For teachers, this is the hardest time of year. Papers to be graded create a mountainous white landscape on my desk, but they are a welcome sight compared with the desperate faces that drift in at semester's end, worn by students poorly dressed for the cold reality of failure, who are half-hoping for a miracle, an "It's a Wonderful Life" scenario in reverse: they're hoping to wake up and find the world as it would have been if they had done their work, if they had come to class.
This morning one such student slunk in, through the quiet rows of heads bent to the task of writing their in-class finals. His face was a portrait of exhaustion, anxiety, and confusion, the latter since he hadn't known the final was today. I prepared to speak with him, but he didn't approach the desk. He sat perfectly still, seemingly allowing the quiet of the room to settle back down around him. I went back to grading, reminding myself again that one part of succeeding in school is pursuing facts on your own, even if that fact is that you've flunked.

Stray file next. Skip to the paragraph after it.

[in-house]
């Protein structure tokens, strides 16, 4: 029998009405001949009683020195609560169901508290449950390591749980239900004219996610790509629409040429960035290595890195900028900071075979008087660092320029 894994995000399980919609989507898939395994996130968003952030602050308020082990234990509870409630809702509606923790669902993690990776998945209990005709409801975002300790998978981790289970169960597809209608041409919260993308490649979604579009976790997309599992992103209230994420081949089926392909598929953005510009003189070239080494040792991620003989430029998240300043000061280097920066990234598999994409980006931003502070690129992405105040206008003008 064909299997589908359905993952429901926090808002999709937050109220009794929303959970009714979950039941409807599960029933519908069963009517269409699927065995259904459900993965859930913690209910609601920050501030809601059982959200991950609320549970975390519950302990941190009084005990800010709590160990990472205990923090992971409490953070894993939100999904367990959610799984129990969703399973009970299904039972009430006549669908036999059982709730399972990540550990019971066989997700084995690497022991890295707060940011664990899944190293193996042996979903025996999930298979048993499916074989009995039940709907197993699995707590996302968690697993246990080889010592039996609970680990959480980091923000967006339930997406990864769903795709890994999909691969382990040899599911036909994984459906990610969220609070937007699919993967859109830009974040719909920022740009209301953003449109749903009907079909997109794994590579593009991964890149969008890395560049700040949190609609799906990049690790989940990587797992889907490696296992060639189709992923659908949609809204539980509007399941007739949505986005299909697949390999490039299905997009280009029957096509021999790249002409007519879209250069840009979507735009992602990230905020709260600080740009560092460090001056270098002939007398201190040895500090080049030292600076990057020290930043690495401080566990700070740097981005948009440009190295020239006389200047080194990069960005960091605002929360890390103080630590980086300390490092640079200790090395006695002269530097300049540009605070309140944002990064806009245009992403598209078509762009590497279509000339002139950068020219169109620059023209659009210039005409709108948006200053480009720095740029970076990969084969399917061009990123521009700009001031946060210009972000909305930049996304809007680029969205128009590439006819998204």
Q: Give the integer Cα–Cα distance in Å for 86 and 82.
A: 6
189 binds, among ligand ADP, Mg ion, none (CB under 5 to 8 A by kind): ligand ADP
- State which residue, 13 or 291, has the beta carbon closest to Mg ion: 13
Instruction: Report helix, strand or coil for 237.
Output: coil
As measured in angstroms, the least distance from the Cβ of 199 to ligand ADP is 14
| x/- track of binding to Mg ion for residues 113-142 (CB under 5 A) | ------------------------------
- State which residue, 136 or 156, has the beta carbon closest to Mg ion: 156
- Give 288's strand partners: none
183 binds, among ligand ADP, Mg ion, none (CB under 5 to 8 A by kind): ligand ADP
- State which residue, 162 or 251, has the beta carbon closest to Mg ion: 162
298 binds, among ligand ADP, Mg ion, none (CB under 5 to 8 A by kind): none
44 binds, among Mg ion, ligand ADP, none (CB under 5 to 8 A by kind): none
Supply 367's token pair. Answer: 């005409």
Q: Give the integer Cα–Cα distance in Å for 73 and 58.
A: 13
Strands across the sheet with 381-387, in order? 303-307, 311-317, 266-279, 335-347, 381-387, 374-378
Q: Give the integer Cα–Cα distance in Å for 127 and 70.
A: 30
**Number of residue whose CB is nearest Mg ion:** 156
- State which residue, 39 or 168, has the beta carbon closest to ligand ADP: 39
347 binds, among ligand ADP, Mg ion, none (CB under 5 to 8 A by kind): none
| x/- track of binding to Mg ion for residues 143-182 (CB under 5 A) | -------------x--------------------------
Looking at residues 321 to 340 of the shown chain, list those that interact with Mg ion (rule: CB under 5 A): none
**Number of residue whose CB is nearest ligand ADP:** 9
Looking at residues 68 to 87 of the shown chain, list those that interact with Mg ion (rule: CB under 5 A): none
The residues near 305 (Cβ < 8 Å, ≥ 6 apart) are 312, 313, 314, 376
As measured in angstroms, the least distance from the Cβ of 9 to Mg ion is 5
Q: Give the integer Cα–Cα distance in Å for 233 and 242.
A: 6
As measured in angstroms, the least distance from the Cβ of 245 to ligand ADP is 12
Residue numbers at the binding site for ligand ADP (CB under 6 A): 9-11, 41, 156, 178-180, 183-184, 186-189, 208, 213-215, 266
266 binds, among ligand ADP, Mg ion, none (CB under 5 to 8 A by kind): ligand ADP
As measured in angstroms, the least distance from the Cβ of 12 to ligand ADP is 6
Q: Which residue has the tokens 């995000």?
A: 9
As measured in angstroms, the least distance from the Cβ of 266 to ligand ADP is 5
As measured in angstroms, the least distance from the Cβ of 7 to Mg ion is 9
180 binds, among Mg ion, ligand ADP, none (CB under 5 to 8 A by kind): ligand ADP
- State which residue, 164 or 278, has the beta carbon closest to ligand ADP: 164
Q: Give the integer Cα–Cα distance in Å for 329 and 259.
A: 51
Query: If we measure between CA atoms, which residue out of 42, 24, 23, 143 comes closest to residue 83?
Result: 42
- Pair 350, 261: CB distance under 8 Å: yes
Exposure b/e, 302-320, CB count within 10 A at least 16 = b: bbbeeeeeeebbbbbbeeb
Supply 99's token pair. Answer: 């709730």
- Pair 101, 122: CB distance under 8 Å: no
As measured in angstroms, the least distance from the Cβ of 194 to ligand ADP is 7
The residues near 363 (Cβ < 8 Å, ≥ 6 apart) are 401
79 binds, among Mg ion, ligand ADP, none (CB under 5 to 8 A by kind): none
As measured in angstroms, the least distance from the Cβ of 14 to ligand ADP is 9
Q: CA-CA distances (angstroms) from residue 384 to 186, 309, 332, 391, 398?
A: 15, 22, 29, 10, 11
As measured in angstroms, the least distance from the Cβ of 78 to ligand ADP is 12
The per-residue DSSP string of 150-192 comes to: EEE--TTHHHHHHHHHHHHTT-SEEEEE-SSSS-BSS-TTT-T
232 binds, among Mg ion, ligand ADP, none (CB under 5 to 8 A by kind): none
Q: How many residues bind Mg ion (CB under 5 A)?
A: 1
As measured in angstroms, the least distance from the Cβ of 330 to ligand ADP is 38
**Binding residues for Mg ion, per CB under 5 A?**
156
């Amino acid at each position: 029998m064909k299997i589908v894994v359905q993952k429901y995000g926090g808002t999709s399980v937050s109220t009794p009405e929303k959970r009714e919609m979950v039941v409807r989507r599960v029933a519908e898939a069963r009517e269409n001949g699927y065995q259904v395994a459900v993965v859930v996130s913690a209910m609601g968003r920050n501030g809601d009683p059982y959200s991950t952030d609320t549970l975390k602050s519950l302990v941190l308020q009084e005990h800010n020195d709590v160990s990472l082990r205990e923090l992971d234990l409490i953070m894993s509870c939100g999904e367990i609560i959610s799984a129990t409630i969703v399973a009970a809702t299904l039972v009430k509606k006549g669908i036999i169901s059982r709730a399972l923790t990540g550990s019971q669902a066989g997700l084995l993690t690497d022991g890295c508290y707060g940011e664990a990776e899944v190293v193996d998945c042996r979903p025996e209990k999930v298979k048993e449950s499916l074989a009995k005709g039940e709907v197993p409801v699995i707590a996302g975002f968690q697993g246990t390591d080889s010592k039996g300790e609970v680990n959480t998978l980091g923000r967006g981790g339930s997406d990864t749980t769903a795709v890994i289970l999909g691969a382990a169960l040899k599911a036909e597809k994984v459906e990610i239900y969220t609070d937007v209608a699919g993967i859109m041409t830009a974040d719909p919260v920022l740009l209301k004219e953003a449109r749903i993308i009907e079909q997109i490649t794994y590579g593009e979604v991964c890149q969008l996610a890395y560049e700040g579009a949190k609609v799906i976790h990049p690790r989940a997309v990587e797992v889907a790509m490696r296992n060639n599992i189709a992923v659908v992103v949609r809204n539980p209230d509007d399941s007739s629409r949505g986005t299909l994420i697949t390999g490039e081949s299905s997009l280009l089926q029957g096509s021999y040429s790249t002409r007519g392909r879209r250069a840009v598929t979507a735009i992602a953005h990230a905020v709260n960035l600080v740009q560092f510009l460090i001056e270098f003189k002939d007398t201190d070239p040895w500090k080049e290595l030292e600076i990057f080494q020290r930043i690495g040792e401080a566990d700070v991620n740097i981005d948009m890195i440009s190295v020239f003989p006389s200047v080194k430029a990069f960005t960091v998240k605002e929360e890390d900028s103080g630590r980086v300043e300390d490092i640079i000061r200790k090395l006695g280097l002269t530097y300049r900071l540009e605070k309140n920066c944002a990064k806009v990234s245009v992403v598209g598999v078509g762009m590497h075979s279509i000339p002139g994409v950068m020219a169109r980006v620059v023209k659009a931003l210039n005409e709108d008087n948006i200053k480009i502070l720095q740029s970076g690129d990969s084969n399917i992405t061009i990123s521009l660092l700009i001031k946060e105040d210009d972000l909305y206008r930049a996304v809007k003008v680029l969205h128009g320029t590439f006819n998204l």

Eventually I did slip him the assignment sheet for the final, but he clearly didn't want to talk. It pained me to see his struggle: his realization of his failure lay on him like a lead weight, but he couldn't muster the will to make the final step toward my desk. Seeing his face made me want to get away, out of the room, out of the building, off the campus, off the map. No more instructing, no more evaluating, no more failing. I wanted to do my own work, my own writing.
A writer's best vacation is uninterrupted time to write, but most can't afford that luxury. I write in the cracks between work and family, when everyone else is sleeping, when I should be too. When work becomes not only demanding but painful, the call to be alone with my own work is louder than ever. Relief is on the way, though--a monthlong break, which will be as a beach chair on warm white sands after I summit the snowy mountains on my desk.